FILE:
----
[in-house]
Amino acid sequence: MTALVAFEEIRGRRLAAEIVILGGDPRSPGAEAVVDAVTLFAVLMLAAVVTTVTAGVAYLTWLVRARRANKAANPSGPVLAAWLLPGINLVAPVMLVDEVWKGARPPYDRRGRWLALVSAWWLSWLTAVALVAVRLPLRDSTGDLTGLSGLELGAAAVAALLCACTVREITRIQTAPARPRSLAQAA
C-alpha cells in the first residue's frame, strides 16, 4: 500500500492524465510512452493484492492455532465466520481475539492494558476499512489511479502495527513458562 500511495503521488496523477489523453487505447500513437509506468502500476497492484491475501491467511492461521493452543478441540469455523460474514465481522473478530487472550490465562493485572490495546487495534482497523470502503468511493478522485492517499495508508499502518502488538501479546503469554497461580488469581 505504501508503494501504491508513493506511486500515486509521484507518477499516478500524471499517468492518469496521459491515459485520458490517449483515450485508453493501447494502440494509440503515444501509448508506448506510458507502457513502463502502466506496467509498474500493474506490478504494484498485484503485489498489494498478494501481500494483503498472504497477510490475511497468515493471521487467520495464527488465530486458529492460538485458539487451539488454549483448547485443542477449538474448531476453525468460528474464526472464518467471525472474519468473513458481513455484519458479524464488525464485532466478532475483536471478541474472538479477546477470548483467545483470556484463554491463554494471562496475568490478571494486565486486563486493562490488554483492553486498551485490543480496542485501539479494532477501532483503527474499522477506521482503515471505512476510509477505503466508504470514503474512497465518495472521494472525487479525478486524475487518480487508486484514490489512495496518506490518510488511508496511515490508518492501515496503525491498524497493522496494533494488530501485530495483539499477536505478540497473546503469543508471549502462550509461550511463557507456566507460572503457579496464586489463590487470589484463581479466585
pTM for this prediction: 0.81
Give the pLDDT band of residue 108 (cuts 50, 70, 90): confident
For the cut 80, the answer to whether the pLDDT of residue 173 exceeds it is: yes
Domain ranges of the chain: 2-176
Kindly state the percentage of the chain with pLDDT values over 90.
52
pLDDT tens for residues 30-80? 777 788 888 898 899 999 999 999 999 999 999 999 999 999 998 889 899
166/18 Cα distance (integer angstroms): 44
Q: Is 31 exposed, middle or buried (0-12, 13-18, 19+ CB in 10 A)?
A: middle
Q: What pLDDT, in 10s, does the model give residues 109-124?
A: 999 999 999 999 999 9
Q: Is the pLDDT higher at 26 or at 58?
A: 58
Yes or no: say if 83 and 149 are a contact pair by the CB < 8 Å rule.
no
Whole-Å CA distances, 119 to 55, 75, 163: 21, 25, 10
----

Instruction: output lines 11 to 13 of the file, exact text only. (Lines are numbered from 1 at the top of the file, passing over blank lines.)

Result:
166/18 Cα distance (integer angstroms): 44
Q: Is 31 exposed, middle or buried (0-12, 13-18, 19+ CB in 10 A)?
A: middle